Science & Technology
Map


Bulb

Newborn brain cells modulate learning and memory

Boosted by physical and mental exercise, neural stem cells continue to sprout new neurons throughout life, but the exact function of these newcomers has been the topic of much debate. Removing a genetic master switch that maintains neural stem cells in their proliferative state finally gave researchers at the Salk Institute for Biological Studies some definitive answers.

Without adult neurogenesis - literally the "birth of neurons" - genetically engineered mice turned into "slow learners" that had trouble navigating a water maze and remembering the location of a submerged platform, the Salk investigators report in the Jan. 30 Advance Online Edition of Nature. The findings suggest that, one day, researchers might be able to stimulate neurogenesis with orally active drugs to influence memory function, the researchers say.
Eye 1

Blue-eyed humans have a single, common ancestor

New research shows that people with blue eyes have a single, common ancestor. A team at the University of Copenhagen have tracked down a genetic mutation which took place 6-10,000 years ago and is the cause of the eye colour of all blue-eyed humans alive on the planet today.

What is the genetic mutation

"Originally, we all had brown eyes", said Professor Eiberg from the Department of Cellular and Molecular Medicine. "But a genetic mutation affecting the OCA2 gene in our chromosomes resulted in the creation of a "switch", which literally "turned off" the ability to produce brown eyes". The OCA2 gene codes for the so-called P protein, which is involved in the production of melanin, the pigment that gives colour to our hair, eyes and skin. The "switch", which is located in the gene adjacent to OCA2 does not, however, turn off the gene entirely, but rather limits its action to reducing the production of melanin in the iris - effectively "diluting" brown eyes to blue. The switch's effect on OCA2 is very specific therefore. If the OCA2 gene had been completely destroyed or turned off, human beings would be without melanin in their hair, eyes or skin colour - a condition known as albinism.
Bulb

Deep stimulation 'boosts memory'

Electrical stimulation of areas deep within the brain could improve memory, early research suggests.

A team of doctors in Canada stumbled upon the finding while attempting to treat a morbidly obese man through deep brain stimulation (DBS).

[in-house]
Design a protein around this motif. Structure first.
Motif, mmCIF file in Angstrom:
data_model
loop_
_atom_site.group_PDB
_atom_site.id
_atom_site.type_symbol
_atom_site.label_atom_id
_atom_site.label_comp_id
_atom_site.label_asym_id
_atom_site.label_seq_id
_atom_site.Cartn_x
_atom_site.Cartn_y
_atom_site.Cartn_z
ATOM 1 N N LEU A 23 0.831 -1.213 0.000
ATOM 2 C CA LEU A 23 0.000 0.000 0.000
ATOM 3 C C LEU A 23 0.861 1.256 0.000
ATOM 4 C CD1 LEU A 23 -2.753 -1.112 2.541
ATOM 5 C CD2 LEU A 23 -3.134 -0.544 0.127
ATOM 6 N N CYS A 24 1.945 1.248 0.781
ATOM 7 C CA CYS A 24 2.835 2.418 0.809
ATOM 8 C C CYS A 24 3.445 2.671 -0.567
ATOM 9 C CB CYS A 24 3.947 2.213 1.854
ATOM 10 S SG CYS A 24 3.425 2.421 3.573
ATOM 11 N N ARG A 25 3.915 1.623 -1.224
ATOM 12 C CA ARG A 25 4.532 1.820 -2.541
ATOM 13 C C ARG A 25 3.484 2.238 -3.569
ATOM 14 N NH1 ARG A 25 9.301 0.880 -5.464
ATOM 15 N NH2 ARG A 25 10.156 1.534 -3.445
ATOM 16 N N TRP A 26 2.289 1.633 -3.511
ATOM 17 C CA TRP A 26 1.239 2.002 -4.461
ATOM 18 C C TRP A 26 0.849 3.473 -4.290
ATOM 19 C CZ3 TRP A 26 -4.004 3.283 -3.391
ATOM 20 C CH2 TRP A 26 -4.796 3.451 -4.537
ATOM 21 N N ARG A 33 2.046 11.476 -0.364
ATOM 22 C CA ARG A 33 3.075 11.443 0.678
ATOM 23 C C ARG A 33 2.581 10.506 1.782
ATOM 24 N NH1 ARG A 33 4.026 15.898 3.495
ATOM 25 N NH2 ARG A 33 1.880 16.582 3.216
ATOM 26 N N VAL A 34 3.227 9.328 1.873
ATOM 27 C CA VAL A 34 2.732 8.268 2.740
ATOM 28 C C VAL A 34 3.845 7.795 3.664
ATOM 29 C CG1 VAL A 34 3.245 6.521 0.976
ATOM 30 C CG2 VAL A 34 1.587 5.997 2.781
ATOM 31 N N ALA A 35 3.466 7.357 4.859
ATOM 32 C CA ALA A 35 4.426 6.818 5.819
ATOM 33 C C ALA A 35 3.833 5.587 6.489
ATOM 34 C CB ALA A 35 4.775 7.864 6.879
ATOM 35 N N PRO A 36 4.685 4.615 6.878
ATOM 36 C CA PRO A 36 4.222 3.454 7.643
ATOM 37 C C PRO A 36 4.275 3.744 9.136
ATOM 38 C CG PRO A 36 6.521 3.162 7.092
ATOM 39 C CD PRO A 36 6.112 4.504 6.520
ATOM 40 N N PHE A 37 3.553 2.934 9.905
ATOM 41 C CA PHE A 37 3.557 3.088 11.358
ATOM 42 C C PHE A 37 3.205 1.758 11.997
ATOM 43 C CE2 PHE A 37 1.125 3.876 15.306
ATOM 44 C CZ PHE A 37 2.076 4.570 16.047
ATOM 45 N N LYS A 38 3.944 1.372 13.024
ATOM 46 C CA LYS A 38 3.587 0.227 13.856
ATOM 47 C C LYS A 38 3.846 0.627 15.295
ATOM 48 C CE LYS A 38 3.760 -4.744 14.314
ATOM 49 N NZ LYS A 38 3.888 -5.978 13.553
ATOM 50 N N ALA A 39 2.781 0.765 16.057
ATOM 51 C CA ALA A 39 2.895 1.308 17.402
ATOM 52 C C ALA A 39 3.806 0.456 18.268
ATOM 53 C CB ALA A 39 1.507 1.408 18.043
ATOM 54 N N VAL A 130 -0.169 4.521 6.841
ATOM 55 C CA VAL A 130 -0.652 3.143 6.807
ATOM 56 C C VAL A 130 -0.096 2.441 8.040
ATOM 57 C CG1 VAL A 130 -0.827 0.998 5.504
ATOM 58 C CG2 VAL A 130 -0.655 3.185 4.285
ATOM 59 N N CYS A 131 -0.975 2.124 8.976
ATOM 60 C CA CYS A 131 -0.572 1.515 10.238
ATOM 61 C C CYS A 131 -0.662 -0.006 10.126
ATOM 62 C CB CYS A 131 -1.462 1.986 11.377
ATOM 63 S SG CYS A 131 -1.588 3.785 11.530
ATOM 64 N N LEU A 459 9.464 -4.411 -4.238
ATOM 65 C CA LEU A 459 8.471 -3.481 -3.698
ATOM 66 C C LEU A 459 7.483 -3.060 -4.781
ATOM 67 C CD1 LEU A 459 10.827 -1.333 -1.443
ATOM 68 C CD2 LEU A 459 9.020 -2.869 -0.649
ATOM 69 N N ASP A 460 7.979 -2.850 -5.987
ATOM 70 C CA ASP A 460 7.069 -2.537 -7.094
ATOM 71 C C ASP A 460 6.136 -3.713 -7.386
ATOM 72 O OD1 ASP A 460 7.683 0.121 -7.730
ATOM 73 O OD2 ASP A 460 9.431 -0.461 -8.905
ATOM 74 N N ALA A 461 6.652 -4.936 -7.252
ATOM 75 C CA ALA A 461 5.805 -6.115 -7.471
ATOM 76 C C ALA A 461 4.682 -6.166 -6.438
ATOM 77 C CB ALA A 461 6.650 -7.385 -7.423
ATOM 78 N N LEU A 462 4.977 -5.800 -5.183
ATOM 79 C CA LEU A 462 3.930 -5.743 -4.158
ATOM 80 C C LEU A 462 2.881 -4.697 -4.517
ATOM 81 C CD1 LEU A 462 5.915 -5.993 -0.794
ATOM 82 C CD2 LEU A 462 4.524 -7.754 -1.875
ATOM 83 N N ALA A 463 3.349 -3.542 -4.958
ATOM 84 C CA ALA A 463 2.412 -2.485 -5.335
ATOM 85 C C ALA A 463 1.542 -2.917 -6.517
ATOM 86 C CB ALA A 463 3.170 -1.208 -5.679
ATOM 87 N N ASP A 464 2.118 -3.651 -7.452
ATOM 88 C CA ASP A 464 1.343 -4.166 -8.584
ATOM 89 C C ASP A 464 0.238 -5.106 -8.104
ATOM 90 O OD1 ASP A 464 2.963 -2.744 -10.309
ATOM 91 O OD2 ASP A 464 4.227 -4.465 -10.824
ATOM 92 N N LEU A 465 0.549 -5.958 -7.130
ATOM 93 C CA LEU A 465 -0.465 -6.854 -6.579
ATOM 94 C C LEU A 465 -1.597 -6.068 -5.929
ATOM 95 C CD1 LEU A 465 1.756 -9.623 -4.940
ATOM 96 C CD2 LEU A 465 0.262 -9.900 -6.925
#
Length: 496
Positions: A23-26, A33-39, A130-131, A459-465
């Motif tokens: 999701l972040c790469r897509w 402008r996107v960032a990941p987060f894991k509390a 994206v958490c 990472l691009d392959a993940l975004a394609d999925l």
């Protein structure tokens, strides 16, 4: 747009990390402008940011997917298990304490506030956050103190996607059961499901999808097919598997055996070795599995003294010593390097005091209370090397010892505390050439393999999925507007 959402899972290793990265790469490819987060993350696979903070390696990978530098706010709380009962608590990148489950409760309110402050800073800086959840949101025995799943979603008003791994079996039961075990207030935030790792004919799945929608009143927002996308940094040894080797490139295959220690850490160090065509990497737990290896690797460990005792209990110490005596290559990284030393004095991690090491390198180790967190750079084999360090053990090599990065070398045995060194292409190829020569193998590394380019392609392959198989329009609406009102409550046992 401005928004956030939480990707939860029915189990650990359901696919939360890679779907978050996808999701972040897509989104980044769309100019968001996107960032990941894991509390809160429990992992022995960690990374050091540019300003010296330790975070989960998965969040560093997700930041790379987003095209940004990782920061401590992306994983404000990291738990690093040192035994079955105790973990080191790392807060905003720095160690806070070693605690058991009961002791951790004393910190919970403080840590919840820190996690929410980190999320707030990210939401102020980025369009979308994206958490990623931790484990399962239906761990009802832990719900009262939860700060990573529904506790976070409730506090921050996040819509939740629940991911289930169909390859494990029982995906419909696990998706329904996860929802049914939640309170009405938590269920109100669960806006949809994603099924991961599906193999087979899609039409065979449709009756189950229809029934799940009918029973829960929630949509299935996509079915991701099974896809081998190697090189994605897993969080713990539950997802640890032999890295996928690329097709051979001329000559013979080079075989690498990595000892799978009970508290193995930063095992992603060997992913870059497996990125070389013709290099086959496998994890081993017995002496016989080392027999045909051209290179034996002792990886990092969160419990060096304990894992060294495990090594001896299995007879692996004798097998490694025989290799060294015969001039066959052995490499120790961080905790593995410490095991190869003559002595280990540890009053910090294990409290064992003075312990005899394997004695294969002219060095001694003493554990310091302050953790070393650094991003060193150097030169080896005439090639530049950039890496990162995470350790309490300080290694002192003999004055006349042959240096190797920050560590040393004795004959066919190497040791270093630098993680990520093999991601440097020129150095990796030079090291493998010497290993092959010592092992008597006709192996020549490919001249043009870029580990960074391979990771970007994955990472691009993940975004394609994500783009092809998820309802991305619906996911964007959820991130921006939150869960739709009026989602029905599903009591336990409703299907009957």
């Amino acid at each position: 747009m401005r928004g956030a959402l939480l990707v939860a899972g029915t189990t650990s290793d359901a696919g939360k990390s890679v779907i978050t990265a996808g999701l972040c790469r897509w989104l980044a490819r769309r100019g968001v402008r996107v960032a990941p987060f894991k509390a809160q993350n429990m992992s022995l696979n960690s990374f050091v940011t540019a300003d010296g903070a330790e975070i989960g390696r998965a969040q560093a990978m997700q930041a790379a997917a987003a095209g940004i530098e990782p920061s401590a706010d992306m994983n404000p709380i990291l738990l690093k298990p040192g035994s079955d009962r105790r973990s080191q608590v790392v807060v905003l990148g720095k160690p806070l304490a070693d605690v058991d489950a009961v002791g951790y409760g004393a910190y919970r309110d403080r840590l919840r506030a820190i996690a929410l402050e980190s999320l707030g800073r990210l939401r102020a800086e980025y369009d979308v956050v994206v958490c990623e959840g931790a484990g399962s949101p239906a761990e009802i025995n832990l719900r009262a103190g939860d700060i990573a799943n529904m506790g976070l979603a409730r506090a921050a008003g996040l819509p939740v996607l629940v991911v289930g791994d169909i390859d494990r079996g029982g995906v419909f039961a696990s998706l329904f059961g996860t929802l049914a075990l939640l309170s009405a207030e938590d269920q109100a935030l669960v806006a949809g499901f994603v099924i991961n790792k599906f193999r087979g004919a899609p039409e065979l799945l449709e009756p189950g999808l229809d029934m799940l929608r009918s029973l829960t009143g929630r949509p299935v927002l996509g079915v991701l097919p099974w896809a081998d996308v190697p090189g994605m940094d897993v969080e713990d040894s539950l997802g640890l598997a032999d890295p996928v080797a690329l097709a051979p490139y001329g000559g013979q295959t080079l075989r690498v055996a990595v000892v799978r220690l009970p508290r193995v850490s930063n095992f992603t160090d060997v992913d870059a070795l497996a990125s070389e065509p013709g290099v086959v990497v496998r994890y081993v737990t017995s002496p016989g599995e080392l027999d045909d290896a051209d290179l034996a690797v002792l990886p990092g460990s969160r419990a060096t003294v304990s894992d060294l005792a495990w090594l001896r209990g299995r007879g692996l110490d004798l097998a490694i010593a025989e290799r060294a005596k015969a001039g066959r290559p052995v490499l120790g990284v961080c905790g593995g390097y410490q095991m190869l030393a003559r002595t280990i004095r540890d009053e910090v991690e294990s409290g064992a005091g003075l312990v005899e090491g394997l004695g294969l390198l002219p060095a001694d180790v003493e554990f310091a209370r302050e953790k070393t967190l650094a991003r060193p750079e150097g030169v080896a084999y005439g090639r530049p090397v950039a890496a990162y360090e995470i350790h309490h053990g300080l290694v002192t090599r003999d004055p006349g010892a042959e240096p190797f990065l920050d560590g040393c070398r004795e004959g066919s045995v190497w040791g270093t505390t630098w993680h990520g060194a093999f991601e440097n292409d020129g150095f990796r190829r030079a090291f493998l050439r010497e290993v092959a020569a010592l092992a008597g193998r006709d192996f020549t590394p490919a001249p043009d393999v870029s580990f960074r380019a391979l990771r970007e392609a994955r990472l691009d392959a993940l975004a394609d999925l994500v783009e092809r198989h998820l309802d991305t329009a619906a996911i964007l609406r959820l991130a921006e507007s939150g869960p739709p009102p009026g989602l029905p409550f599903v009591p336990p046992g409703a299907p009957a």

The electrical stimulation caused the patient to experience vivid memories.

The findings, reported in the Annals of Neurology, potentially pave the way for electrical stimulation to treat disorders such as Alzheimer's disease.

©Unknown
The brain's limbic system was stimulated
Bomb

15 Fundamental Truths About Social Media Marketing

In September 2007, I was offered the role of 'Social Media Manager' at a company in Cape Town, South Africa which I took without much hesitation. I knew my job would focus on the 'general' projects such as proposals, running campaigns and devising social strategies for clients who had something they wanted to generate a buzz about online. Little did I know I would be training up the other team members completely from scratch on the subject but I can confidently say it was the most enjoyable part of the job. Here are 15 of the most important things about social media marketing I taught to those completely new to the approach.
Phoenix

A Nova Doesn't Create, It Destroys

Astronomers used to think that brief stellar eruptions called novae generated massive amounts of dust. But new observations of a well known nova system called RS Ophiuchus shows that isn't the case. The dust was there already, and a nova blast just clears it all away.
Telescope

NASA Scientists Get First Images of Earth Flyby Asteroid

Scientists at NASA's Jet Propulsion Laboratory in Pasadena, Calif., have obtained the first images of asteroid 2007 TU24 using high-resolution radar data. The data indicate the asteroid is somewhat asymmetrical in shape, with a diameter roughly 250 meters (800 feet) in size. Asteroid 2007 TU24 will pass within 1.4 lunar distances, or 538,000 kilometers (334,000 miles), of Earth on Jan. 29 at 12:33 a.m. Pacific time (3:33 a.m. Eastern time).

©NASA/JPL-Caltech
These low-resolution radar images of asteroid 2007 TU24 were taken over a few hours by the Goldstone Solar System Radar Telescope in California's Mojave Desert. Image resolution is approximately 20-meters per pixel. Next week, the plan is to have a combination of several telescopes provide higher resolution images.
Frog

Fading black sheep cast light on evolution

Researchers have unravelled a genetic puzzle that explains why black sheep have become a dying breed on one Scottish island.

They say the findings suggest natural selection can act on single-gene traits like coat colour in a way that's more complex than generally thought.
Health

Black death 'discriminated' between victims

The Black Death that decimated populations in Europe and elsewhere during the middle of the 14th century may not have been a blindly indiscriminate killer as previously believed.

An analysis of 490 skeletons from a London cemetery for Black Death victims shows the infection did not affect everyone equally, researchers say.
Attention

Alien Impact Poisons Canadian Town

Jan. 25, 2008 -- Well water of the tiny Canadian town of Gypsumville, Manitoba (population 65) has been poisoned by an extraterrestrial.

The invader: A meteorite which struck down almost a quarter-billion years ago, creating the 25-mile-wide (40-kilometer) Lake Martin impact crater.
Telescope

Asteroids Pose Greater Risk, Finds Research

Albuquerque, N.M. - An asteroid that exploded over Siberia a century ago, leaving 800 square miles of scorched or blown down trees, wasn't nearly as large as previously thought, a researcher concludes, suggesting a greater danger for Earth.
Top